Getting Started

Ivan Kirillov edited this page Jul 1, 2013 · 1 revision

Introduction

The python-maec library provides an API for developing and consuming Malware Attribute Enumeration and Characterization (MAEC) content. Developers can leverage the API to create applications that create, consume, translate, or otherwise work with MAEC content. This page should help new developers get started with using this library. For more information about MAEC, please refer to the MAEC website.

Prerequisites

The python-maec library provides an API for creating or processing MAEC content. As such, it is a developer tool that can be leveraged by those who know Python 2.6/2.7 and are familiar with object-oriented programming practices, Python package layouts, and are comfortable with the installation of Python libraries. To contribute code to the python-maec repository, users must be familiar with git and GitHub pull request methodologies. Understanding XML, XML Schema, and the MAEC language is also incredibly helpful when using python-maec in an application.

Dependencies

The python-maec library relies on some non-standard Python libraries for the processing of MAEC content. Revisions of python-maec may depend on particular versions of dependencies to function correctly. These versions are detailed within the distutils setup.py installation script.

The following libraries are required to use python-maec:

Installation

The installation of python-maec can be accomplished through a few different workflows.

PyPI and PIP

This is the easiest way to install python-maec. Each release of python-maec is hosted at PyPI and can be installed via the pip utility. Installing python-maec via this manner is as easy as executing the following command pip install MAEC. This will attempt to install python-maec and all dependencies automatically.

Please refer to the pip installation instructions for details regarding the installation of pip.

Manual

The python-maec library contains a setup.py script that leverages PyPI's setuptools. To install via this method, follow these steps:

1. Download and Install Dependencies

Download and install the dependencies listed above. Please refer to their documentation for installation instructions.

2. Download

Download python-maec release from its PyPI page.

3. Unzip

Unzip the downloaded tarball or zip file. This will leave you with a directory named MAEC-<version>.

4. Install

Run the installation script. This will install the python-maec library into the site-packages directory of Python installation or virtualenv.

$ cd MAEC-<version>
$ python setup.py install

Running The Examples

The python-maec GitHub repository contains several example scripts that help illustrate the capabilities of the APIs. These can be found here: https://github.com/MAECProject/python-maec/tree/master/examples. These scripts are simple command line utilities that can be executed by passing the name of the script to a Python interpreter.

Example:
$ python example1.py

Note that you must install python-maec before running these example scripts.

Writing Your Own Application

Once a user has installed python-maec, they are able to start writing Python applications that consume or create MAEC content! To create a MAEC Package with a MAEC Header, a script would look like the following:

from maec.package.package import Package        # Import the MAEC Package API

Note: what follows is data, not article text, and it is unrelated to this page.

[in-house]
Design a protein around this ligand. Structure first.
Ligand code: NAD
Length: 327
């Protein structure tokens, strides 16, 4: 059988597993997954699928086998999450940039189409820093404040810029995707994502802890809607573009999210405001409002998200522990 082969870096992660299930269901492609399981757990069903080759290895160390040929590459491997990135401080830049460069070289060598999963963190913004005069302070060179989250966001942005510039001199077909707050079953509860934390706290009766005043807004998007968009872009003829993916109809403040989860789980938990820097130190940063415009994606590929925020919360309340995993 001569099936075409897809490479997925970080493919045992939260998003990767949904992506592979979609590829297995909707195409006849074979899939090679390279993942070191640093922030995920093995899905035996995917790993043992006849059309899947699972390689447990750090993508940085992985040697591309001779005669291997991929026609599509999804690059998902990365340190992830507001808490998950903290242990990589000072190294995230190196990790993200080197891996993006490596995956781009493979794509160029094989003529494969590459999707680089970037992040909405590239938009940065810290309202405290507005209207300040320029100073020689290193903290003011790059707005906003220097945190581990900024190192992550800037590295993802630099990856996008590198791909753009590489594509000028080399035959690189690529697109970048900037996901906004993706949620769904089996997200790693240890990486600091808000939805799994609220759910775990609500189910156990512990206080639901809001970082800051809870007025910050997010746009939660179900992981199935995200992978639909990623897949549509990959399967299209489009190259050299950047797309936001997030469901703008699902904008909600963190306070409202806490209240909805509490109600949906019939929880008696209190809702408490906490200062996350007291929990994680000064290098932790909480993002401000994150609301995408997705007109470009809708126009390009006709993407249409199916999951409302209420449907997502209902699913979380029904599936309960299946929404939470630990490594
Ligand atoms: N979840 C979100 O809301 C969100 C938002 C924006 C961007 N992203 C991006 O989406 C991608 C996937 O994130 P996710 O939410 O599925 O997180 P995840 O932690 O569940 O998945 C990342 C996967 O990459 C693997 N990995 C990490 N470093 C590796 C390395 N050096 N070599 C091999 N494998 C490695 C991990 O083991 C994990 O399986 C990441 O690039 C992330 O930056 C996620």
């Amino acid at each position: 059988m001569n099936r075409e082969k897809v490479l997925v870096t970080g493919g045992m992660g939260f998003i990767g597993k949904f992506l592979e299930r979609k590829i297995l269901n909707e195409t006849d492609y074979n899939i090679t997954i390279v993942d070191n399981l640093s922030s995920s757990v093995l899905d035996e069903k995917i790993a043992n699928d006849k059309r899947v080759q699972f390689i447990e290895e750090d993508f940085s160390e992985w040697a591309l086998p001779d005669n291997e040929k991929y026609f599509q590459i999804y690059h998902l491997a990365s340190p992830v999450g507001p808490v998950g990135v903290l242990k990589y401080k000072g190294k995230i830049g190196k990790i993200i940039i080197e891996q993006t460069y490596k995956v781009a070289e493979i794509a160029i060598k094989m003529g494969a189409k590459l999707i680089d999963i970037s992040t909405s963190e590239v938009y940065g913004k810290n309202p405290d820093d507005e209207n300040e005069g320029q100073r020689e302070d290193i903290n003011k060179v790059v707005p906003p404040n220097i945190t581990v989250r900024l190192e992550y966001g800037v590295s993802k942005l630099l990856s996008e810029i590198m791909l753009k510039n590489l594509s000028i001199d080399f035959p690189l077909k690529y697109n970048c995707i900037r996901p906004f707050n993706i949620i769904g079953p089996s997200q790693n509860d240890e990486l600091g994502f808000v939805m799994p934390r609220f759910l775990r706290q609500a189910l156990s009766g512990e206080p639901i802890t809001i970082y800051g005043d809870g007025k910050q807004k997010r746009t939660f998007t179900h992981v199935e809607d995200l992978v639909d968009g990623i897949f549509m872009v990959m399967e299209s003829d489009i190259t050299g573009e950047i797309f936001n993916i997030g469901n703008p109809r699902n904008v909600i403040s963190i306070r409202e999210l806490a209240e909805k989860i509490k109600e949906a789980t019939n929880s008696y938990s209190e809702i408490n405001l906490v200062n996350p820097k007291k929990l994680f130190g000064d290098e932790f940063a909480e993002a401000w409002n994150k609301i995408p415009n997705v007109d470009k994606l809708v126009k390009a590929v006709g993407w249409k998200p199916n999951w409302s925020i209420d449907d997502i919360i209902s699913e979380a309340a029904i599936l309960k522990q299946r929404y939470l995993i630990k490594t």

from maec.package.malware_subject import MalwareSubject # Import the MAEC Malware Subject API
from cybox.core import Object                   # Import the CybOX Object API

maec_package = Package(id='maec-example-pkg-1')                        # Create an instance of Package
malware_subject = MalwareSubject(id='maec-example-sub-1')              # Create an instance of Malware Subject
file_object_dict = {'properties' : {'xsi:type' : 'FileObjectType', 'file_name' : 'example.exe'}} # Create a simple dictionary representing a CybOX File Object
malware_subject.set_malware_instance_object_attributes(Object.from_dict(file_object_dict)) # Set the Malware Instance Object Attributes of the Malware Subject
maec_package.add_malware_subject(malware_subject) # Add the Malware Subject to the Package

maec_package.to_xml_file('example.xml')                    # Write the XML output for this Package to 'example.xml'

To parse existing content, a script would look like the following:

from maec.package.package import Package        # Import the MAEC Package API

fn = 'maec_content.xml'                                          # The MAEC content filename
(maec_package, maec_package_binding_obj) = Package.from_xml(fn)  # Parse using the from_xml() method

'''
Note that the Package.from_xml() method returns two objects: an API object and a binding object.
The API object provides easy, Pythonic access and interaction with MAEC entities. The binding objects
are leveraged under the hood and provide low-level, more complete implementations of the MAEC data
types. In other words, the API objects are easy to use but lack completeness, while the binding objects
are more cumbersome but are complete in their implementation of MAEC entities.
'''

To see more examples, please look at the examples section of the python-maec repository!

Contributing

If a bug is found, a feature is missing, or something just isn't behaving the way you'd expect it to, please submit an issue to our tracker. If you'd like to contribute code to our repository, you can do so by issuing a pull request and we will work with you to try and integrate that code into our repository.